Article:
Chinese broadcasters have axed two-thirds of popular TV shows in line with a government directive to curb "excessive entertainment," according to local media reports.
Beijing's Xinhua news agency said the number of prime-time entertainment shows on satellite TV had dropped to just 38 per week since the directive came into force on Jan. 1, Agence France Presse reported. There used to be 126.
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Air time will be filled instead with extended news bulletins and "programs that promote traditional virtues and socialist core values," the State Administration of Radio, Film and Television (SARFT) was cited as saying.
The watchdog issued its order in October, with the stated aim of "preventing excessive entertainment and vulgar content so as to meet the people's demand for more delicate programs," according to China National TV. The new rules were given as follows:
The total number of entertainment shows aired daily by the 34 channels between 7:30 PM and 10 PM is restricted to nine. For each channel, only two entertainment programs are allowed in a week, and will be limited to 90 minutes each.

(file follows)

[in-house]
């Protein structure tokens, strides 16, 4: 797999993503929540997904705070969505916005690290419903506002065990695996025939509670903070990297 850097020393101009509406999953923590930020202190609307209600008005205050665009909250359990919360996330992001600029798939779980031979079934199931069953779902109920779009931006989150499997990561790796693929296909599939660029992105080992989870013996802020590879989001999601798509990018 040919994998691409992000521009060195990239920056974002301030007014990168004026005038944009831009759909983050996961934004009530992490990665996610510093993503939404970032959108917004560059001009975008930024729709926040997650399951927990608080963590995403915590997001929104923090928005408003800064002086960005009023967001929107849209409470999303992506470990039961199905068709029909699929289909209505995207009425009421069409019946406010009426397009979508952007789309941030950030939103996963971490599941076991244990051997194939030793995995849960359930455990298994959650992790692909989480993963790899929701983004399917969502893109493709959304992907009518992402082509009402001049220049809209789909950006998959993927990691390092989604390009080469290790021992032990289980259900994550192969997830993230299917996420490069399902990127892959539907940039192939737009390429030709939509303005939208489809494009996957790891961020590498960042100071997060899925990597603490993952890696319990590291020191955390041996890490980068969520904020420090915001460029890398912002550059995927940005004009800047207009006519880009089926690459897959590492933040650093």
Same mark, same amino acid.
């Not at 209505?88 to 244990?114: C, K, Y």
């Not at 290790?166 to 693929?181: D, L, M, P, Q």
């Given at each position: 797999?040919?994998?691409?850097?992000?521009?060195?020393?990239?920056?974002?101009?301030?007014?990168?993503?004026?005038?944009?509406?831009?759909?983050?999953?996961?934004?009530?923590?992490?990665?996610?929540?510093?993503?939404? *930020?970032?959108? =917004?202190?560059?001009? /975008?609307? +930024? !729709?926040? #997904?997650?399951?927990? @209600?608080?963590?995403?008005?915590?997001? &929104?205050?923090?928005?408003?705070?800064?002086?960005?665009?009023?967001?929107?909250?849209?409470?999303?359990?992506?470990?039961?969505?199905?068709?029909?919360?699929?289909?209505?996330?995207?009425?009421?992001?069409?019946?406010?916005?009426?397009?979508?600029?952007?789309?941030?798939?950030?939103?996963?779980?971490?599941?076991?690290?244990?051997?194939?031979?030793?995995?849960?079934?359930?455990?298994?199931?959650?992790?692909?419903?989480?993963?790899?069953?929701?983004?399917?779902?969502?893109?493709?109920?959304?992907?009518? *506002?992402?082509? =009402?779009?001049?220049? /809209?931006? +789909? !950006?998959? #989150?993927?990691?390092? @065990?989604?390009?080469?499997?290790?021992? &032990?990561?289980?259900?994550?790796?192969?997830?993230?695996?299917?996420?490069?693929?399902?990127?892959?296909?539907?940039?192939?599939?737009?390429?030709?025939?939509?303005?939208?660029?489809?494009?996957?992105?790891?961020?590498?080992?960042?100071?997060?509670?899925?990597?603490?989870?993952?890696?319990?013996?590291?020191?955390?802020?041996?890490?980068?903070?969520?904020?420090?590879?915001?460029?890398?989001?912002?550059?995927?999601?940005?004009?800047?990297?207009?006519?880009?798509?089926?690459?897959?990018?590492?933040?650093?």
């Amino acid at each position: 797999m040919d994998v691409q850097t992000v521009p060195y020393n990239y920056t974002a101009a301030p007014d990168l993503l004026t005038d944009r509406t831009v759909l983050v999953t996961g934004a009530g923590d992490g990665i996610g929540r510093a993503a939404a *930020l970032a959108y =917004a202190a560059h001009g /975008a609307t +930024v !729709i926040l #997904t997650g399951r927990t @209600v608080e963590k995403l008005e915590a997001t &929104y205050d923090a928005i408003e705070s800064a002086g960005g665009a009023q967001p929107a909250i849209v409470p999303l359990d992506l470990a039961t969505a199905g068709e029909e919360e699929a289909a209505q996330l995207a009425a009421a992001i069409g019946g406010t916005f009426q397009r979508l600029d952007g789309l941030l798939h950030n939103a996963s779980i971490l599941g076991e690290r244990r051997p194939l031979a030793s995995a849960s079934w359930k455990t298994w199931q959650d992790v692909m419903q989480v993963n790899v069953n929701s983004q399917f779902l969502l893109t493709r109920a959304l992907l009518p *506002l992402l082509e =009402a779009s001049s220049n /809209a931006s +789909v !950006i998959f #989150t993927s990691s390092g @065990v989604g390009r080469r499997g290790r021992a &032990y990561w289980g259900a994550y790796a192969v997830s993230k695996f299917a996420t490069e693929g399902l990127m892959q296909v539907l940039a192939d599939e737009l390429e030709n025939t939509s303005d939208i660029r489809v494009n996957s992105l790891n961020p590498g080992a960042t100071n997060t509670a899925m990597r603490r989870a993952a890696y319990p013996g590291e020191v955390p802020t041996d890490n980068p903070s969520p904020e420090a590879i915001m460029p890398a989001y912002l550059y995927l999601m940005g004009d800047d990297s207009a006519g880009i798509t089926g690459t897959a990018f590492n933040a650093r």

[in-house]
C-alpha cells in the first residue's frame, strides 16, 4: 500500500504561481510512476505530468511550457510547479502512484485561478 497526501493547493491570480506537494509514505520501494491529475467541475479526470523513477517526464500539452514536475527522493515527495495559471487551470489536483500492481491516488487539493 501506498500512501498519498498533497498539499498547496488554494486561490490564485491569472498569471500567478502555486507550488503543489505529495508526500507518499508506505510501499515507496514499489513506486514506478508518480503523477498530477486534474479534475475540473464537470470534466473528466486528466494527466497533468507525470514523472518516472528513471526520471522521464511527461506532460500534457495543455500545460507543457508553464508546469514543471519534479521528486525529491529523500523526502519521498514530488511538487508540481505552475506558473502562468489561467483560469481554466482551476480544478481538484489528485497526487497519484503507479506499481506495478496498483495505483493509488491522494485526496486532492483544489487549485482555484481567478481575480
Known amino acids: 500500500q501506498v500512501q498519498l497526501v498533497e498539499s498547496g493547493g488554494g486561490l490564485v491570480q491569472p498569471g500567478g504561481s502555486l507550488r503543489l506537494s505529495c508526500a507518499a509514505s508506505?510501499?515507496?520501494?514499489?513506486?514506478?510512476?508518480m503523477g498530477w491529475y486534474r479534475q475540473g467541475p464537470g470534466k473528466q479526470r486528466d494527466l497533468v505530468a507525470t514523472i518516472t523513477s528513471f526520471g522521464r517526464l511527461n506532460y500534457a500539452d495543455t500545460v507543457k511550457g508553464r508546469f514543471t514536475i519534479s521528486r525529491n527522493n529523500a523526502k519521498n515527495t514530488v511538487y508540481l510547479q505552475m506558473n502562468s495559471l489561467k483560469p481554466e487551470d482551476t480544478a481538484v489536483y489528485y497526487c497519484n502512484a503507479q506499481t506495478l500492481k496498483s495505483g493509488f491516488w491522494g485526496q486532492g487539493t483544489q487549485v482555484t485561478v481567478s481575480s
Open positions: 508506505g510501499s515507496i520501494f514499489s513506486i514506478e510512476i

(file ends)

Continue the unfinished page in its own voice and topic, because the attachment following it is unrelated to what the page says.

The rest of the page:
The new directive does not give a definition for entertainment shows or to what extent they will be considered excessive, but lists match-making shows, game shows, talk shows, talent shows and reality shows as its primary targets.
The programs already axed include talk shows, "emotional stories," games and competitions, variety shows and reality television, Xinhua said.
In addition to content perceived as "low taste," Chinese regulators also "keep gritty programming involving crime, violence and social issues off the air," according to the Wall Street Journal. The controls are seen as part of the ruling Communist Party's effort to portray China as "a society of decreasing contradictions and increasing happiness," Willy Wo-Lap Lam, an adjunct professor of history at the Chinese University of Hong Kong, told Bloomberg.
According to the BBC, China has the largest TV audience in the world, with an estimated 95 percent of its 1.3 billion population tuning in.
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Before its recent entertainment TV cuts, China also issued a one-month moratorium in July on foreign films in order to promote a state-sponsored propaganda movie called "Beginning of the Great Revival."
Watch below to see how China placed the moratorium on Hollywood: